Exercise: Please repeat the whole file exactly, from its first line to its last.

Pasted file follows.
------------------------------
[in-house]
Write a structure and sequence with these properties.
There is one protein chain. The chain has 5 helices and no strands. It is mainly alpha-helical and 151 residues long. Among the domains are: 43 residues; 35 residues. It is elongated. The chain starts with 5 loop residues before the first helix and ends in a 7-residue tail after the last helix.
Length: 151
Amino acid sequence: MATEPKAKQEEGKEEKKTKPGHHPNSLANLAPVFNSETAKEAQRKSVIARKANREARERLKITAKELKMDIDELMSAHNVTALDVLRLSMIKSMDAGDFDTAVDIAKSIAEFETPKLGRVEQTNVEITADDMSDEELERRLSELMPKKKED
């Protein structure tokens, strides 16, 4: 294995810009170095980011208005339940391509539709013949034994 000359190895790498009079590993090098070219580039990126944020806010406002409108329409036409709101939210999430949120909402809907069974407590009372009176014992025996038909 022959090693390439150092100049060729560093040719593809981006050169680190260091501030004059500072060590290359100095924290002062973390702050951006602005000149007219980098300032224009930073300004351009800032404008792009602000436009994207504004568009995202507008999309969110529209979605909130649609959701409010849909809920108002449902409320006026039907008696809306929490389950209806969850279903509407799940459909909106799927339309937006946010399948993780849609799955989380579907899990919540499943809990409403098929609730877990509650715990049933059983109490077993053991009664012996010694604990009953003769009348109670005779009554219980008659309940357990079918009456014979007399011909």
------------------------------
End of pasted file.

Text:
[in-house]
Write a structure and sequence with these properties.
There is one protein chain. The chain has 5 helices and no strands. It is mainly alpha-helical and 151 residues long. Among the domains are: 43 residues; 35 residues. It is elongated. The chain starts with 5 loop residues before the first helix and ends in a 7-residue tail after the last helix.
Length: 151
Amino acid sequence: MATEPKAKQEEGKEEKKTKPGHHPNSLANLAPVFNSETAKEAQRKSVIARKANREARERLKITAKELKMDIDELMSAHNVTALDVLRLSMIKSMDAGDFDTAVDIAKSIAEFETPKLGRVEQTNVEITADDMSDEELERRLSELMPKKKED
């Protein structure tokens, strides 16, 4: 294995810009170095980011208005339940391509539709013949034994 000359190895790498009079590993090098070219580039990126944020806010406002409108329409036409709101939210999430949120909402809907069974407590009372009176014992025996038909 022959090693390439150092100049060729560093040719593809981006050169680190260091501030004059500072060590290359100095924290002062973390702050951006602005000149007219980098300032224009930073300004351009800032404008792009602000436009994207504004568009995202507008999309969110529209979605909130649609959701409010849909809920108002449902409320006026039907008696809306929490389950209806969850279903509407799940459909909106799927339309937006946010399948993780849609799955989380579907899990919540499943809990409403098929609730877990509650715990049933059983109490077993053991009664012996010694604990009953003769009348109670005779009554219980008659309940357990079918009456014979007399011909």